It’s wealthy whites who retreat from the far left
Notoriously incompetent New York City election officials have not finished tallying the votes in the June 22 Democratic primary, with its new ranking voting system. But voters’ top picks – minus some 124,000 absent – nonetheless reveal important things about the differences between different segments of the Democratic coalition in America’s largest city.
These early results were a clear repudiation of left-wing limited-term mayor Bill de Blasio. Brooklyn Borough President and former NYPD cop Eric Adams led the way with 31.7%, well ahead of Blasio’s assistant Maya Wiley at 22.2%. The third was Kathryn Garcia, de Blasio’s technocratic sanitation commissioner, with 19.5%.
Adams decried and Wiley defended de Blasio’s depoliticization policies, while Garcia cautiously opposed “funding” the police. So was 2020 presidential candidate Andrew Yang, who finished fourth with less than 12%.
Yang won seven of the city’s 63 assembly districts with 27% to 47% of the vote – all with many Asian (mostly Chinese) and Orthodox Jewish voters. As the “most detailed” map of the New York Times results shows, he had negligible prime support elsewhere.
The two groups had concrete complaints with de Blasio. The Chinese hated his proposal to get rid of elite high school entrance exams like Stuyvesant and Bronx Science – their children’s path of upward mobility – and the Orthodox resented his obvious prejudices against them.
The wealthy petty nobility liberals, scrambling for places in private schools and gatekeepers’ quarters where violent crime is still rare, had more abstract concerns. They are wary of the upsurge in violent crime elsewhere in the city, but just as they like to be masked even after being vaccinated, they don’t like to be loud about it.
Their first-choice candidate, backed by the New York Times, was Kathryn Garcia, a native of wealthy Brooklyn Park Slope and an experienced administrator who quietly opposed the police. She transported Manhattan from Tribeca to Morningside Heights, as well as the Brooklyn Heights-Prospect Park neighborhood in Brooklyn, Forest Hills in Queens, and far south to Staten Island.
She won about 40 percent of the first-choice votes in wealthy areas – and less than 10 percent in most others. The second and third choice votes can give him the win, but that won’t be known for weeks.
De Blasio’s closest candidate was his former lawyer and chair of the Civil Complaints Commission, Wiley. A supporter of police funding, she was supported by Representative Alexandria Ocasio-Cortez and former presidential candidates Elizabeth Warren and Julian Castro.
But despite his leftist credentials, Wiley only won 22% of the first-choice votes. She did not perform any staging districts in Manhattan or the Bronx, and none with large black percentages.
She has completed five assembly districts in Queens and five in Brooklyn, all in various stages of gentrification. They are connected to Manhattan by the No.7, L and other subway trains, and they are increasingly populated by highly educated, low-income youth who hope to succeed in the big city.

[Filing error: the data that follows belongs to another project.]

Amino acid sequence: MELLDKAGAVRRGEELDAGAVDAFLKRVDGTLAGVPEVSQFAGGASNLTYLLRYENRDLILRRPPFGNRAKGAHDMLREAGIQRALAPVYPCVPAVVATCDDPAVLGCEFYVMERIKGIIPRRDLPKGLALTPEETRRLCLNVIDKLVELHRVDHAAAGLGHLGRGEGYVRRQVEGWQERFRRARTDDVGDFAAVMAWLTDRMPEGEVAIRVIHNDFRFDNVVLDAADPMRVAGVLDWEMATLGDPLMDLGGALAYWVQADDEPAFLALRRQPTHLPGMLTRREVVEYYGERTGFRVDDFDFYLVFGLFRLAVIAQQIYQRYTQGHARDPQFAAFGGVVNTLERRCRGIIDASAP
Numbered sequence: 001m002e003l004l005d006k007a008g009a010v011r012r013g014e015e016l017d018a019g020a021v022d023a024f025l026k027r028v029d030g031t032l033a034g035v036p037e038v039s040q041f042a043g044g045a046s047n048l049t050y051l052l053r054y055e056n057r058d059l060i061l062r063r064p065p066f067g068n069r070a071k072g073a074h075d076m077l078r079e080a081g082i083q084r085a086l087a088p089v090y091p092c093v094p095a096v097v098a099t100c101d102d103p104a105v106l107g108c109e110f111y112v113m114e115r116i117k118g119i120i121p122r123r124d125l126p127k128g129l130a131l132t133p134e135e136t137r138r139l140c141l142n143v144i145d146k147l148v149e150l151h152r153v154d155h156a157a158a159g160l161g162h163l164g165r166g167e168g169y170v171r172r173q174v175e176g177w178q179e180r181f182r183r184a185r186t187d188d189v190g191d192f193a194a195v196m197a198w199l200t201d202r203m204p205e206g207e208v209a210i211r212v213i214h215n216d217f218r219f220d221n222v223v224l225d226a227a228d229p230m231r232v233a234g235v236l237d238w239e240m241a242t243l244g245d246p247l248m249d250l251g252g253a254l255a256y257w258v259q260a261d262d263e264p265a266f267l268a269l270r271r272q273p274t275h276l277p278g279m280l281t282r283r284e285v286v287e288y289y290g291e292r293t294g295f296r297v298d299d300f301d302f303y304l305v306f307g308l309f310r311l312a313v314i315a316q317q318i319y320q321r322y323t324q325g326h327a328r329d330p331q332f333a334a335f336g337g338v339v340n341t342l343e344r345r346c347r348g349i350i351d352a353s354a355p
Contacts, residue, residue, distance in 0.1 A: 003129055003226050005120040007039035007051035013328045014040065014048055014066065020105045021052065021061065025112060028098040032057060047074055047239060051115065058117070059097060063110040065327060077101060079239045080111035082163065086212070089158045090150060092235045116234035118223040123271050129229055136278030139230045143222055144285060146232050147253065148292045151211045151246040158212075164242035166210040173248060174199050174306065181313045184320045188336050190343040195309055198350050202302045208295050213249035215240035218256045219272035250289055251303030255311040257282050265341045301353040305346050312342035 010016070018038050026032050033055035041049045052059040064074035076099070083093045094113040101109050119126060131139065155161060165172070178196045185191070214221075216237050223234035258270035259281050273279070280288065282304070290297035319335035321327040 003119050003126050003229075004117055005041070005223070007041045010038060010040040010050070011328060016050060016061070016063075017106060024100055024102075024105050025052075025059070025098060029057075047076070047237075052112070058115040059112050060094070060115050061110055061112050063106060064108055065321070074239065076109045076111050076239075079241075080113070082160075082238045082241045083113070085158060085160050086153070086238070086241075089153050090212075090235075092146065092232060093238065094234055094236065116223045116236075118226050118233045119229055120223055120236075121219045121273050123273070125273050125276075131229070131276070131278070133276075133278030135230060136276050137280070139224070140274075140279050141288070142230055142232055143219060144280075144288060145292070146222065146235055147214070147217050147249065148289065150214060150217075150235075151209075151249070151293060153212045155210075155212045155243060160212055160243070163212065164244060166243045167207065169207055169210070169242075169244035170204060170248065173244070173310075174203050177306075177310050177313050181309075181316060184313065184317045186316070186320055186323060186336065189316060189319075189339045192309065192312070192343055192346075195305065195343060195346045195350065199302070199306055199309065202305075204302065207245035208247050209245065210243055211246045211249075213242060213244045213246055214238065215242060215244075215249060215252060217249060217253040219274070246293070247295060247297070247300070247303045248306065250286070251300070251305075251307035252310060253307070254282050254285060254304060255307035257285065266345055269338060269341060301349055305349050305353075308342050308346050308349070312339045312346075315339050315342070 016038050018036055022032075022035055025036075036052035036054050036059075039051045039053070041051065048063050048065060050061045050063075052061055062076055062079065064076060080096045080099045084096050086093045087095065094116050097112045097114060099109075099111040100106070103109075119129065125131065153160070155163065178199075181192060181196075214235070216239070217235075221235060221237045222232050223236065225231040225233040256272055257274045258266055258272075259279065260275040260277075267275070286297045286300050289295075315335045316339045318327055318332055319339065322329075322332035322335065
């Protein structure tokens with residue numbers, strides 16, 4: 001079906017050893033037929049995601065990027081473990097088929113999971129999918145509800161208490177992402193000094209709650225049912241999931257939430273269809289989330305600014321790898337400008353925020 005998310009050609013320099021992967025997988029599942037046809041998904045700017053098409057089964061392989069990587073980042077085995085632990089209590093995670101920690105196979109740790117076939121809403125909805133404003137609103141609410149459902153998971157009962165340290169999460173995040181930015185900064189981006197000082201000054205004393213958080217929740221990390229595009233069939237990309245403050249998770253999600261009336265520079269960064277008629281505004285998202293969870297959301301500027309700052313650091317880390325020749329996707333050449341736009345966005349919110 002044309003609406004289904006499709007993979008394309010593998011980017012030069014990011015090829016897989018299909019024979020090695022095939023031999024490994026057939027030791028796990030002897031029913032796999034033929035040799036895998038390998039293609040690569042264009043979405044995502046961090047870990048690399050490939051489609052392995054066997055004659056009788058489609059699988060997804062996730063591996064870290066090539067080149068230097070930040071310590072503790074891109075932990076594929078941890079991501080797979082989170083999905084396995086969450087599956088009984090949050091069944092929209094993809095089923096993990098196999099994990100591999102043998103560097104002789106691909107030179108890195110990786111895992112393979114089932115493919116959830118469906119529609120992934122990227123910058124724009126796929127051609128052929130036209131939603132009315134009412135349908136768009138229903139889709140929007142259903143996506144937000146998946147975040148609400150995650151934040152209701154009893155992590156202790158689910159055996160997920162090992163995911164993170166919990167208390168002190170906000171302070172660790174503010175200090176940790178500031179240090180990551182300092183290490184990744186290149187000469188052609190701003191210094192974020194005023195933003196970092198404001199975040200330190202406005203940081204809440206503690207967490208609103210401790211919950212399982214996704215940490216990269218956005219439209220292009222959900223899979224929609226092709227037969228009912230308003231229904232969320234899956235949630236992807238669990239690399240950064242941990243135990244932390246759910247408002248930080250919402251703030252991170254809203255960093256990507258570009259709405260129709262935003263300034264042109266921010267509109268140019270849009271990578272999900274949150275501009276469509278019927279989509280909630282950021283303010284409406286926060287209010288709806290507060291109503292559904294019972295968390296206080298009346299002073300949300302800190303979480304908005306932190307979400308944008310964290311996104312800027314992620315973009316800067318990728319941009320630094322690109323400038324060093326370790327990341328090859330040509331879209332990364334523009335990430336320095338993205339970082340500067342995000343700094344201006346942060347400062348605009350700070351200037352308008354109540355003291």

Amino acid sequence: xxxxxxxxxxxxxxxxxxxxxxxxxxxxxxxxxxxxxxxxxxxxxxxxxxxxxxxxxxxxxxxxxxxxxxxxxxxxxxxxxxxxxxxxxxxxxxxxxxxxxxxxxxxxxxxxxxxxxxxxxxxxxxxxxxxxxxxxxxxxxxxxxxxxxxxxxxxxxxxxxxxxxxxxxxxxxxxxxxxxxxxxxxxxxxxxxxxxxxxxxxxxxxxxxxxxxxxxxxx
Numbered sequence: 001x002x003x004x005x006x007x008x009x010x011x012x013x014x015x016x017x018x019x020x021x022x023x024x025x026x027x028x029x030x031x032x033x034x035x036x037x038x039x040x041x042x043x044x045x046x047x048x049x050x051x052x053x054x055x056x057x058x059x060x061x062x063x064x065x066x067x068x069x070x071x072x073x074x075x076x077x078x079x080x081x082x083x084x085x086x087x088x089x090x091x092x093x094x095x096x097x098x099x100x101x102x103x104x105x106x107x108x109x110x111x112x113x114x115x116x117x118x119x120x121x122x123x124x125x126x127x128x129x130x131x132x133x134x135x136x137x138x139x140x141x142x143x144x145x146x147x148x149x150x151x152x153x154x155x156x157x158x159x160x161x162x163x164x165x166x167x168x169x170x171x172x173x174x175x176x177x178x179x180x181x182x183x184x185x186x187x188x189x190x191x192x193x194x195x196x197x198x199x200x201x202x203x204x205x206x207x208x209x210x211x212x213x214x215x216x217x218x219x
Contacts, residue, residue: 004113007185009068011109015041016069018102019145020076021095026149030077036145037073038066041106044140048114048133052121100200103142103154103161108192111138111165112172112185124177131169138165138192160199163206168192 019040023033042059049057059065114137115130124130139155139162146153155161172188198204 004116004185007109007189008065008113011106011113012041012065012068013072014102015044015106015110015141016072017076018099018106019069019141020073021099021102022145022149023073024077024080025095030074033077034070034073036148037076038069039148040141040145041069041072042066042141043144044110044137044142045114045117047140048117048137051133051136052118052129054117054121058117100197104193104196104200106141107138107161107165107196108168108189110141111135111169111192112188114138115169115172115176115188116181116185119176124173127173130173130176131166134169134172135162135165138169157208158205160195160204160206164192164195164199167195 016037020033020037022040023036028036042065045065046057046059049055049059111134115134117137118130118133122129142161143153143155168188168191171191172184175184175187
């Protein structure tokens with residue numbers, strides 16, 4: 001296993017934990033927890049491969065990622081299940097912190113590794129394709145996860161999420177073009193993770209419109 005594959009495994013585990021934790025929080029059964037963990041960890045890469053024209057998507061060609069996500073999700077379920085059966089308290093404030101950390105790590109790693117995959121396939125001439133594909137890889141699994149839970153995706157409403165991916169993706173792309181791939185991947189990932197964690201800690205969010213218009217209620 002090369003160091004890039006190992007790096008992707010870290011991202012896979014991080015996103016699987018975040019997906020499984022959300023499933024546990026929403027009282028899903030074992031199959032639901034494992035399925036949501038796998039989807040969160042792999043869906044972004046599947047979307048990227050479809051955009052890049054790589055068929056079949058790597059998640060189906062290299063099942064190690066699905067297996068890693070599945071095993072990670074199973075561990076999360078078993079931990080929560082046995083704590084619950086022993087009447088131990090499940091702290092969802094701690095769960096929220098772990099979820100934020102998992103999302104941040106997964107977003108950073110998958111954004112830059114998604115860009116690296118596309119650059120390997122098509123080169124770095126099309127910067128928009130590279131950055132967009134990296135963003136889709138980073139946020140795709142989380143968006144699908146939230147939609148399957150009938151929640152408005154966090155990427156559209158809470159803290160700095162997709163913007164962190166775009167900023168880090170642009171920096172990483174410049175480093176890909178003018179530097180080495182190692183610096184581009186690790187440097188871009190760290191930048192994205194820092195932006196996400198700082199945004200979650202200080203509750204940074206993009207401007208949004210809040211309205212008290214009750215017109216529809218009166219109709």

It is arguably the largest hipster constituency in the country outside of college towns, and its concerns are echoed heavily in the New York Times newsroom and by public-employee union organizers. But their support for depoliticization and socialism, which is not widely shared elsewhere, shows adolescent recklessness in the face of practical consequences.
So how did Eric Adams, a former cop and staunch opponent of police funding, finish No.1 in the first-choice votes? He was shunned by affluent voters in Manhattan and by young hipsters in Brooklyn and Queens, and his support from poorly educated white ethnicities didn’t matter much, as NYC no longer has such neighborhoods. .
His secret is that he ran way ahead, with 45 to 75 percent of the first-choice votes in a multi-candidate field, in the heavily black and Latino neighborhoods of the Bronx, Brooklyn and Queens.
There, the cry to fund the police is not an abstract affair, as it always is for wealthy Manhattanites, or a rallying cry for teenagers, as it is for cash-strapped hipsters in upper-middle-class Queens. and Brooklyn just across the East River from Manhattan.
Black and Latino homeowners with families and jobs know their neighborhoods can be destroyed and their lives ended by violent criminals. They want more, rather than less, police services in their neighborhoods. “White liberals are more left than black and Hispanic Democrats on just about every issue,” Democrat pollster Davis Shor said in New York Magazine, “even on racial issues or various measures of” racial resentment. “
Whoever the clownish New York Election Board ultimately determines as the winner, the division among Democrats is clear. Left-wing policies may be supported by white hipsters with adolescent enthusiasm, but lesser nobility liberals have more and more abstract questions about them, and they are categorically rejected by people of color – Blacks, Latinos, Chinese – for concrete reasons.